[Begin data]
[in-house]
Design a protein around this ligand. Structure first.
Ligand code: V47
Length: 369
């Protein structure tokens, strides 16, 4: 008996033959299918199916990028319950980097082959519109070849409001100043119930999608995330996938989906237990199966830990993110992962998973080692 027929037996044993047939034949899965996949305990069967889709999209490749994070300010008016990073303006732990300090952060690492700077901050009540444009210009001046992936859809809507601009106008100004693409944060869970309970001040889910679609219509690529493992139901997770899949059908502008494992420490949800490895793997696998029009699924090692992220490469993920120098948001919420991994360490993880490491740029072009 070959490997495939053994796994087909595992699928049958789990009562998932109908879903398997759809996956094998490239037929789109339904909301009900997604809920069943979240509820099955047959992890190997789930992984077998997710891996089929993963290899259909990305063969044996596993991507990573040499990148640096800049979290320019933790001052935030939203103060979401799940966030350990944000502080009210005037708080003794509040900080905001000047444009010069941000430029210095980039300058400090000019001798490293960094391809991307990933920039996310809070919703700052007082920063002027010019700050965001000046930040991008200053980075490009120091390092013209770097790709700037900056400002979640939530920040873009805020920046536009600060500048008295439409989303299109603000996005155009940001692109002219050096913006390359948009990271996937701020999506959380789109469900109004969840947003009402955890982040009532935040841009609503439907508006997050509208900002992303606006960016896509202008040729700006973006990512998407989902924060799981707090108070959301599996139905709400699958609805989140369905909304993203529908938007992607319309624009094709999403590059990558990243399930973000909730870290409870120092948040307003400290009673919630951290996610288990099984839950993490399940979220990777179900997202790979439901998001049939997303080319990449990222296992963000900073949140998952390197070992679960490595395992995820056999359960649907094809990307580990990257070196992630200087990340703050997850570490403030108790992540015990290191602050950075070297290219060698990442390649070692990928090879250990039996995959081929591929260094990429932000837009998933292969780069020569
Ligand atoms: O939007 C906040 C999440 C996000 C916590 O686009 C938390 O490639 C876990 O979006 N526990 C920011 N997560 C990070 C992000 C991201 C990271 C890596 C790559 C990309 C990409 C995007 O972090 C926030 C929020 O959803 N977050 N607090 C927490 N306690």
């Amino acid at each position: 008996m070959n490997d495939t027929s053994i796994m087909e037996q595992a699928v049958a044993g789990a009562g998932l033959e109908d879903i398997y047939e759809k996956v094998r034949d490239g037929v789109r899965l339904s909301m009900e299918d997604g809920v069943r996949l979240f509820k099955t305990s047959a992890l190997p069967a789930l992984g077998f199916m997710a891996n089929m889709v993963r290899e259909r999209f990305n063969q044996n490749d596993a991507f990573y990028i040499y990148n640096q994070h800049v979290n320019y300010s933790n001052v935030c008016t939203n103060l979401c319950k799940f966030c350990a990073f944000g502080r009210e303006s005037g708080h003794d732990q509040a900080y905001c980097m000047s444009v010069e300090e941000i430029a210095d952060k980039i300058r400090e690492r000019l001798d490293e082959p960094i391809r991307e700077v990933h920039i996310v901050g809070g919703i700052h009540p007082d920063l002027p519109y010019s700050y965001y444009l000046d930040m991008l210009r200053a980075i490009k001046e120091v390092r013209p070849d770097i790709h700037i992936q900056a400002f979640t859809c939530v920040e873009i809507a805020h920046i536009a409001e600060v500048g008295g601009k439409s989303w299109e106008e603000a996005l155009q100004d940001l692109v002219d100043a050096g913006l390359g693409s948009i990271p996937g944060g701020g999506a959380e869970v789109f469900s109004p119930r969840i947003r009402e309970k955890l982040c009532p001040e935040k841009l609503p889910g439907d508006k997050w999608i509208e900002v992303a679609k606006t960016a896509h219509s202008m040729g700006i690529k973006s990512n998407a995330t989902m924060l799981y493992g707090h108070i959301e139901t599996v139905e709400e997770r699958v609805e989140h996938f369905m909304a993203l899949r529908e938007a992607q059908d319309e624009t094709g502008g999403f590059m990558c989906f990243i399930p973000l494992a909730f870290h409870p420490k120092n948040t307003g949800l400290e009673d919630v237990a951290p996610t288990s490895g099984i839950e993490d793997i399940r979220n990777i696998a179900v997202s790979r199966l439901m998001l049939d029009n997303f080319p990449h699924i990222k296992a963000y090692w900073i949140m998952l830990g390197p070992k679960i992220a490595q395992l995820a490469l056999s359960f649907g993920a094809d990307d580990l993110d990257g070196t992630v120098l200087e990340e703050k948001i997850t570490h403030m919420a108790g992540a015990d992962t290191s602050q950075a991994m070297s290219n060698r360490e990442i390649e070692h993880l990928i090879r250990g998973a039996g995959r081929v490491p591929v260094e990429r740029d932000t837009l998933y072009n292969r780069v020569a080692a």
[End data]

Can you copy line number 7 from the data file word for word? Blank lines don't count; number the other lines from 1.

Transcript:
């Amino acid at each position: 008996m070959n490997d495939t027929s053994i796994m087909e037996q595992a699928v049958a044993g789990a009562g998932l033959e109908d879903i398997y047939e759809k996956v094998r034949d490239g037929v789109r899965l339904s909301m009900e299918d997604g809920v069943r996949l979240f509820k099955t305990s047959a992890l190997p069967a789930l992984g077998f199916m997710a891996n089929m889709v993963r290899e259909r999209f990305n063969q044996n490749d596993a991507f990573y990028i040499y990148n640096q994070h800049v979290n320019y300010s933790n001052v935030c008016t939203n103060l979401c319950k799940f966030c350990a990073f944000g502080r009210e303006s005037g708080h003794d732990q509040a900080y905001c980097m000047s444009v010069e300090e941000i430029a210095d952060k980039i300058r400090e690492r000019l001798d490293e082959p960094i391809r991307e700077v990933h920039i996310v901050g809070g919703i700052h009540p007082d920063l002027p519109y010019s700050y965001y444009l000046d930040m991008l210009r200053a980075i490009k001046e120091v390092r013209p070849d770097i790709h700037i992936q900056a400002f979640t859809c939530v920040e873009i809507a805020h920046i536009a409001e600060v500048g008295g601009k439409s989303w299109e106008e603000a996005l155009q100004d940001l692109v002219d100043a050096g913006l390359g693409s948009i990271p996937g944060g701020g999506a959380e869970v789109f469900s109004p119930r969840i947003r009402e309970k955890l982040c009532p001040e935040k841009l609503p889910g439907d508006k997050w999608i509208e900002v992303a679609k606006t960016a896509h219509s202008m040729g700006i690529k973006s990512n998407a995330t989902m924060l799981y493992g707090h108070i959301e139901t599996v139905e709400e997770r699958v609805e989140h996938f369905m909304a993203l899949r529908e938007a992607q059908d319309e624009t094709g502008g999403f590059m990558c989906f990243i399930p973000l494992a909730f870290h409870p420490k120092n948040t307003g949800l400290e009673d919630v237990a951290p996610t288990s490895g099984i839950e993490d793997i399940r979220n990777i696998a179900v997202s790979r199966l439901m998001l049939d029009n997303f080319p990449h699924i990222k296992a963000y090692w900073i949140m998952l830990g390197p070992k679960i992220a490595q395992l995820a490469l056999s359960f649907g993920a094809d990307d580990l993110d990257g070196t992630v120098l200087e990340e703050k948001i997850t570490h403030m919420a108790g992540a015990d992962t290191s602050q950075a991994m070297s290219n060698r360490e990442i390649e070692h993880l990928i090879r250990g998973a039996g995959r081929v490491p591929v260094e990429r740029d932000t837009l998933y072009n292969r780069v020569a080692a």